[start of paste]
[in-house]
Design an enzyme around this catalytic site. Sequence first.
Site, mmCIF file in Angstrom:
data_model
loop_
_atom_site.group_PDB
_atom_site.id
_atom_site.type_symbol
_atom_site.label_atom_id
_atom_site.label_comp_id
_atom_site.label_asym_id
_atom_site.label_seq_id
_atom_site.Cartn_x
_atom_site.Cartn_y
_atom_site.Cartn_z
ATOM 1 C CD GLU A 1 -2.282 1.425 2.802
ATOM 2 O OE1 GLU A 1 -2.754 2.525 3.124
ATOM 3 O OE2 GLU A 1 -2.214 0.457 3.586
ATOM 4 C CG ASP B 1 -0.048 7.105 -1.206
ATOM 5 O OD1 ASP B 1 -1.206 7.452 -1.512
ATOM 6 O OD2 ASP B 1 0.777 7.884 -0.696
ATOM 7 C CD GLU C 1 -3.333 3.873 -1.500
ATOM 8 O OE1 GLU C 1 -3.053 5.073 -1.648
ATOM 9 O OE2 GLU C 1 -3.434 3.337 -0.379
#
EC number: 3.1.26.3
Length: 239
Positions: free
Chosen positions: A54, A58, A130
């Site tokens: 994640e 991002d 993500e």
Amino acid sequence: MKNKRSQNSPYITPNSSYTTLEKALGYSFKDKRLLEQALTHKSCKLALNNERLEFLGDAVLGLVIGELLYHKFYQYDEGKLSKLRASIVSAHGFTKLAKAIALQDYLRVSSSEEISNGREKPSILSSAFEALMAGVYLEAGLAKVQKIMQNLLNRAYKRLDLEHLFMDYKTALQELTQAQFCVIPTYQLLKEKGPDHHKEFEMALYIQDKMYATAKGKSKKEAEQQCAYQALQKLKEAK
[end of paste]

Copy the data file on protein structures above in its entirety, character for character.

[in-house]
Design an enzyme around this catalytic site. Sequence first.
Site, mmCIF file in Angstrom:
data_model
loop_
_atom_site.group_PDB
_atom_site.id
_atom_site.type_symbol
_atom_site.label_atom_id
_atom_site.label_comp_id
_atom_site.label_asym_id
_atom_site.label_seq_id
_atom_site.Cartn_x
_atom_site.Cartn_y
_atom_site.Cartn_z
ATOM 1 C CD GLU A 1 -2.282 1.425 2.802
ATOM 2 O OE1 GLU A 1 -2.754 2.525 3.124
ATOM 3 O OE2 GLU A 1 -2.214 0.457 3.586
ATOM 4 C CG ASP B 1 -0.048 7.105 -1.206
ATOM 5 O OD1 ASP B 1 -1.206 7.452 -1.512
ATOM 6 O OD2 ASP B 1 0.777 7.884 -0.696
ATOM 7 C CD GLU C 1 -3.333 3.873 -1.500
ATOM 8 O OE1 GLU C 1 -3.053 5.073 -1.648
ATOM 9 O OE2 GLU C 1 -3.434 3.337 -0.379
#
EC number: 3.1.26.3
Length: 239
Positions: free
Chosen positions: A54, A58, A130
């Site tokens: 994640e 991002d 993500e």
Amino acid sequence: MKNKRSQNSPYITPNSSYTTLEKALGYSFKDKRLLEQALTHKSCKLALNNERLEFLGDAVLGLVIGELLYHKFYQYDEGKLSKLRASIVSAHGFTKLAKAIALQDYLRVSSSEEISNGREKPSILSSAFEALMAGVYLEAGLAKVQKIMQNLLNRAYKRLDLEHLFMDYKTALQELTQAQFCVIPTYQLLKEKGPDHHKEFEMALYIQDKMYATAKGKSKKEAEQQCAYQALQKLKEAK